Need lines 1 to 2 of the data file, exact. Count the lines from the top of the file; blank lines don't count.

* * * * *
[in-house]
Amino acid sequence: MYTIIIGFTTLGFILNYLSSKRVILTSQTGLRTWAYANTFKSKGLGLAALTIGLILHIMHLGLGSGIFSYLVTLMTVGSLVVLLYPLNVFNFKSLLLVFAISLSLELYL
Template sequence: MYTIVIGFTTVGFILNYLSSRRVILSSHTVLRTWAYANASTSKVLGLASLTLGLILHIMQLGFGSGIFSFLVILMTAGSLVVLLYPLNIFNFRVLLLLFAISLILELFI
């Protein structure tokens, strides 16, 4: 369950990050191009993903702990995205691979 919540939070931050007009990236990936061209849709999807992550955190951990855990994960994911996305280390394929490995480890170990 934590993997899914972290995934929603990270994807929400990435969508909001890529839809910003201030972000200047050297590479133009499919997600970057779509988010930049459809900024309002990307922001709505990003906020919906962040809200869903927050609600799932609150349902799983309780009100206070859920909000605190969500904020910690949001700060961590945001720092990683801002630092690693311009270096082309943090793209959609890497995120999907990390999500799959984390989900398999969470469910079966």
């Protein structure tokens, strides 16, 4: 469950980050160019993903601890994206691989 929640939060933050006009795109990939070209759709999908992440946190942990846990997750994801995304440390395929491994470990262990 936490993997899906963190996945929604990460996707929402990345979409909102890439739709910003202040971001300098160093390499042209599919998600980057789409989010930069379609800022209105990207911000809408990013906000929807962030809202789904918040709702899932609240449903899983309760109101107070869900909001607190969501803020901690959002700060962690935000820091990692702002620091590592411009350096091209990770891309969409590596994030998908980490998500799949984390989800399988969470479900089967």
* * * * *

[in-house]
Amino acid sequence: MYTIIIGFTTLGFILNYLSSKRVILTSQTGLRTWAYANTFKSKGLGLAALTIGLILHIMHLGLGSGIFSYLVTLMTVGSLVVLLYPLNVFNFKSLLLVFAISLSLELYL